Govt mass surveillance violated human rights, European Court rules

Govt mass surveillance violated human rights, European Court rules

In a 6-1 vote Thursday, the seven-judge European Court of Human Rights ruled the "bulk interception regime" breached privacy and compromised journalists and their sources and violated parts of the European Convention on Human Rights. "For five long years, governments have denied that global mass surveillance violates of your rights". The Guardian explains that after Snowden exposed the British government's role in citizen surveillance, tapping into communication networks to suck on that massive firehose of data, 14 human rights and privacy groups filed suit against the United Kingdom.

The former Central Intelligence Agency employee revealed that security services had been collecting bulk data, including telephone calls, messages and internet communication, whether or not people were suspected of a crime.

They centred on complaints about powers given to security services under the Regulation of Investigatory Powers Act 2000 (RIPA) - which was later replaced with the Investigatory Powers Act (IPA) in November 2016.

They said Britain's activities - many of them run from GCHQ (Government Communications Headquarters), a vast intelligence gathering center in Cheltenham - could threaten the privacy of journalists, who may fear their contact lists or the websites they visit are being scrutinized by the government.

But it said such programmes require sufficient oversight to keep the surveillance to what is "necessary in a democratic society".

"We believe that they can and they must provide us with a targeted surveillance regime rather than a bulk regime that has adequate safeguards to protect our rights - that's very possible for them to do", said Goulding.

It said: "The content of an electronic communication might be encrypted and, even if it were decrypted, might not reveal anything of note about the sender or recipient".

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The court had also been asked to consider whether there had been violations of other parts of the convention, but found that the arguments put forward for a number of these challenges were inadmissible.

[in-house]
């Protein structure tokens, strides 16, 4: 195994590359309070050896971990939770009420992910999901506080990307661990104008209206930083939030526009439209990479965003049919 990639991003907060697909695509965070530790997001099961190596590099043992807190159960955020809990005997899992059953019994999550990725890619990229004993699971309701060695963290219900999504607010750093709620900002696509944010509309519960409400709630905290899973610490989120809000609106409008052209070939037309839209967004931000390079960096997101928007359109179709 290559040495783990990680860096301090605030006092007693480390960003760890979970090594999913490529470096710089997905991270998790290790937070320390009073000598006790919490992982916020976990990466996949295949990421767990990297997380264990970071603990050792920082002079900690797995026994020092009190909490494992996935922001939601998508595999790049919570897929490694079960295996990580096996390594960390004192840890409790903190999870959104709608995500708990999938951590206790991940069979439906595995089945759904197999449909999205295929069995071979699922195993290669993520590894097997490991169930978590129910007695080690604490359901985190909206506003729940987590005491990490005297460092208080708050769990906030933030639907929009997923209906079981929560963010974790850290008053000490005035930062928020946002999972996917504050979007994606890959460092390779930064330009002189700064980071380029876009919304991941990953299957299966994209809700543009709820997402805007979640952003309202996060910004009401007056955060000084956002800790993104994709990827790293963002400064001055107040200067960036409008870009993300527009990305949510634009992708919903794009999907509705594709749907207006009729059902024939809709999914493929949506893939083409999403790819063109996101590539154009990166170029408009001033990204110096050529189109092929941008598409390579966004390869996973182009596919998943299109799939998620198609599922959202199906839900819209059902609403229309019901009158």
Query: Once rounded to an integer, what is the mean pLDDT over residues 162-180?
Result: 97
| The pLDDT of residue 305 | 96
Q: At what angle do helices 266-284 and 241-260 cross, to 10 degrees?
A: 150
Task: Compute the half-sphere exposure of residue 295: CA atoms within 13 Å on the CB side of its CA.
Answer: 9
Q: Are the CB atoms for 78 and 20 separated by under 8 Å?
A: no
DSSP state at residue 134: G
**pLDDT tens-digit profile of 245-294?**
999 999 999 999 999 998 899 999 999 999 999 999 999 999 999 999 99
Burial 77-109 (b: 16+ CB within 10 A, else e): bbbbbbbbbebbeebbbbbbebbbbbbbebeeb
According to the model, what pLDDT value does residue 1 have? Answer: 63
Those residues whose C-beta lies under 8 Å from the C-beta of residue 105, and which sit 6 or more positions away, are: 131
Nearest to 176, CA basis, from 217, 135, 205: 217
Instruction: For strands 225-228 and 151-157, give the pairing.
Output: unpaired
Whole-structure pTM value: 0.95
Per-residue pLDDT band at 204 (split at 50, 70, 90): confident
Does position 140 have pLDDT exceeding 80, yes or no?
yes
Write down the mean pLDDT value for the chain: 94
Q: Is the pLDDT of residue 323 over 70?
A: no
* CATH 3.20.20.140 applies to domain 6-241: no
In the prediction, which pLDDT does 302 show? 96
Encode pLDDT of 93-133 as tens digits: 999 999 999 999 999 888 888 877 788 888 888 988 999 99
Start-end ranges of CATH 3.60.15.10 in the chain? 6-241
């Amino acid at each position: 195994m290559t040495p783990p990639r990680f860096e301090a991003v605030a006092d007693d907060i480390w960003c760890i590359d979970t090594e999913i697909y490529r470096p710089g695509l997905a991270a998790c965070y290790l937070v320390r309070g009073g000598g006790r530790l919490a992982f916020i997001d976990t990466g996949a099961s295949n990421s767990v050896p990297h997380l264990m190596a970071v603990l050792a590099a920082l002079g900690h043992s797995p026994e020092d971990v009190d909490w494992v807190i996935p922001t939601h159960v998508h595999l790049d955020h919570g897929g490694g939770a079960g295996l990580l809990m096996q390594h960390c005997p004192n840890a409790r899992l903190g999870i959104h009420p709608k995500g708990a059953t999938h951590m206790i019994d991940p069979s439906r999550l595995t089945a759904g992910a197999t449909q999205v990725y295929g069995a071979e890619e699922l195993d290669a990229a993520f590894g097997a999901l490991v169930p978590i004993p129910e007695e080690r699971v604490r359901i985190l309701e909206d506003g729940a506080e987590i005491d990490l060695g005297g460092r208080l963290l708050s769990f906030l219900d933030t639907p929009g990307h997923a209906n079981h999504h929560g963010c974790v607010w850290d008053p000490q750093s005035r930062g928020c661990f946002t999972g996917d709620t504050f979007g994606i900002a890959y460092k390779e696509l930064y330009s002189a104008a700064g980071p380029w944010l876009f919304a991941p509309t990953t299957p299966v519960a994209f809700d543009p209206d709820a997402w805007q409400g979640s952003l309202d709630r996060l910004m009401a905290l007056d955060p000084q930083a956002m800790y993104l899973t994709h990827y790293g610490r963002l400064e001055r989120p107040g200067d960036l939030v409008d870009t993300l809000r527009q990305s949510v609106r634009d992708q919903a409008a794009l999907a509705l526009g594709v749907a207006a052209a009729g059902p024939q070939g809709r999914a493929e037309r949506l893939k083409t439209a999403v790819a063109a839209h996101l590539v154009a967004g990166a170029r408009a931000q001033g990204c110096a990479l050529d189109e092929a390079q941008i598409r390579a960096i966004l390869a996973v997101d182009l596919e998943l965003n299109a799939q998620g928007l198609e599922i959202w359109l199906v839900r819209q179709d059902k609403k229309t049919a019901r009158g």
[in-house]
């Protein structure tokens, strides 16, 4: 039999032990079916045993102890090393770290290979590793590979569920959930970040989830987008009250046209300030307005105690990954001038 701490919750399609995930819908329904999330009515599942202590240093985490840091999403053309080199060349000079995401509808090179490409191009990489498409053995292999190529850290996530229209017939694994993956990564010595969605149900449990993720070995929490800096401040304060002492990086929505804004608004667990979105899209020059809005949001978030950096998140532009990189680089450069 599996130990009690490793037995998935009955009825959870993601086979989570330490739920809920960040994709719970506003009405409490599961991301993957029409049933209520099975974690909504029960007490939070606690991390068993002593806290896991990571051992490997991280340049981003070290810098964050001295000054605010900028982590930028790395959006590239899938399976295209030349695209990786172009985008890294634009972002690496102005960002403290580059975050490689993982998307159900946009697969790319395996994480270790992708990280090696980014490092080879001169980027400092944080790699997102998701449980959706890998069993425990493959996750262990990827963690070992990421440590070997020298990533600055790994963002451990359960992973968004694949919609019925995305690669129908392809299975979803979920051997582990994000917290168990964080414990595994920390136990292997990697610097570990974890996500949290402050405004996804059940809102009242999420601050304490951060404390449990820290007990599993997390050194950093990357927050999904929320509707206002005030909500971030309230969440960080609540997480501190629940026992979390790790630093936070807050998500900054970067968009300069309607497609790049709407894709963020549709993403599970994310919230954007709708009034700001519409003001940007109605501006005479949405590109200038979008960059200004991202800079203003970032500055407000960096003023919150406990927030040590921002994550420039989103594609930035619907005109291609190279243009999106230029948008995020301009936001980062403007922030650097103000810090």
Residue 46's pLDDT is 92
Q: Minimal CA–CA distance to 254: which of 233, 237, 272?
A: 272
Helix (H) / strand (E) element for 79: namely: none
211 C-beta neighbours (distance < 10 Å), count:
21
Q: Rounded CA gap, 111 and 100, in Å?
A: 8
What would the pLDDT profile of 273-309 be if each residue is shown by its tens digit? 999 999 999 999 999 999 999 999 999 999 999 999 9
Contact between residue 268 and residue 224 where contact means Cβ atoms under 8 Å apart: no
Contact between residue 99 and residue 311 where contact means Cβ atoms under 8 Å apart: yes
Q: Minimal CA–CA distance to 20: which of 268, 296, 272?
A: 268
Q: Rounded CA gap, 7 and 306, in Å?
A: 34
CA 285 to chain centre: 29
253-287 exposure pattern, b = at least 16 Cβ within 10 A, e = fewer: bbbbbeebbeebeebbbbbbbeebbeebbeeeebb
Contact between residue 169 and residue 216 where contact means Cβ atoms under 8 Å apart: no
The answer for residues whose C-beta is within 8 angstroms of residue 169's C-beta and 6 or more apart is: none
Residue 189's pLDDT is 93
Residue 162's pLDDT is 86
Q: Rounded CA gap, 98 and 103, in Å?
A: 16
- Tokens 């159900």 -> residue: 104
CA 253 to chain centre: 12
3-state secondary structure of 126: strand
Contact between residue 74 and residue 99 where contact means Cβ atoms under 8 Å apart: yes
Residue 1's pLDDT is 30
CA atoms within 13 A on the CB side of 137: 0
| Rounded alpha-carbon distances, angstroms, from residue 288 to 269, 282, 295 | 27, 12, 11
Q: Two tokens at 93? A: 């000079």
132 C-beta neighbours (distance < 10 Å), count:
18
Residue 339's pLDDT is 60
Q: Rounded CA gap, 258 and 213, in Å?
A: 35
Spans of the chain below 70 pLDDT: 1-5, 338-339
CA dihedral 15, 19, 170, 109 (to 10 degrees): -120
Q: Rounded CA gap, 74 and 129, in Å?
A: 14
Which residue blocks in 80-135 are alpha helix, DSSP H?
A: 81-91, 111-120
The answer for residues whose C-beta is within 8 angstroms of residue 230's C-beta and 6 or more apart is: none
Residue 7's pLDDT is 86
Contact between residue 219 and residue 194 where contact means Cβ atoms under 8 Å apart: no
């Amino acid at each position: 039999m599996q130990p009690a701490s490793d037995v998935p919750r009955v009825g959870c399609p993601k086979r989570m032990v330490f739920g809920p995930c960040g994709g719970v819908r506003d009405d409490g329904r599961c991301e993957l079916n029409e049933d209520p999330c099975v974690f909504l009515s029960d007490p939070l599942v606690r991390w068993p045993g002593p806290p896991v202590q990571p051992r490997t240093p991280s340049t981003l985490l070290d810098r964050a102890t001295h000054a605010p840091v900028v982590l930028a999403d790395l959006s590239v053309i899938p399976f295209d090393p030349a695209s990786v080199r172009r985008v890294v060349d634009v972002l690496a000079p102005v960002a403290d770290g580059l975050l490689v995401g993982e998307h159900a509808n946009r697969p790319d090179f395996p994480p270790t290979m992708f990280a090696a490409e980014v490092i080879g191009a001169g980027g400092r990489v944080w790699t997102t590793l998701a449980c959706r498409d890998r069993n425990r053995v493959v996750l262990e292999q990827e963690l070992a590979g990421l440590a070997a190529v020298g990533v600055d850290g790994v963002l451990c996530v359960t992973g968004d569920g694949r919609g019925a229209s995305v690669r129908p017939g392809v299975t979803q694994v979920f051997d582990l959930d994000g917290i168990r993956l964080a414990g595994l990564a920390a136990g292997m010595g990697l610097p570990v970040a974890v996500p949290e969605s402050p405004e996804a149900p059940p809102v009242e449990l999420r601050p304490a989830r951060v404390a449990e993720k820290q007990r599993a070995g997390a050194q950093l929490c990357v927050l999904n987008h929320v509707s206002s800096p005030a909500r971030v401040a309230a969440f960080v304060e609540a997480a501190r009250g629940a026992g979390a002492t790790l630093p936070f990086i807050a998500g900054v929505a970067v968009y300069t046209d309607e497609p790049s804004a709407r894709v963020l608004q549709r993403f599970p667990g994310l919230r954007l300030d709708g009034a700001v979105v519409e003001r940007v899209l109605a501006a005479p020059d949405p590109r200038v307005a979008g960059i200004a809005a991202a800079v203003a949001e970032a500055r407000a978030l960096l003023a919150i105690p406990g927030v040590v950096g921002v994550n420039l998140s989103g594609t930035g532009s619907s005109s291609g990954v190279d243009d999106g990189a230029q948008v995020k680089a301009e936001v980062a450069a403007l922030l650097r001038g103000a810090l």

The court has been ordered to pay the first group of applicants, led by Big Brother Watch, €150,000 of their claimed costs and the second group (the Bureau and Ross) €35,000.

In its ruling, the European Union court noted that "that safeguards were not sufficiently robust to provide adequate guarantees against abuse", and said it was particularly concerned that GCHQ can search and examine citizens" "related communications data' - such as location data and IP addresses - without restriction.

Today's ruling is the latest in a long line that have found against the government's former snooping law, which has since been superseded by the Investigatory Powers Act.

"We will push on with our High Court challenge against the Investigatory Powers Act and I'm sure we'll draw on the judgement of today to explain why it means that act is also unlawful", she added.

Britain has changed its surveillance laws since the legal challenge began, passing new legislation that the government says has more privacy safeguards.

Silkie Carlo, of Big Brother Watch, added: "This landmark judgment confirming that the UK's mass spying breached fundamental rights vindicates Mr Snowden's courageous whistleblowing". "This judgement is a vital step towards protecting millions of law-abiding citizens from unjustified intrusion". "However, since the new Investigatory Powers Act arguably poses an ever greater threat to civil liberties, our work is far from over".

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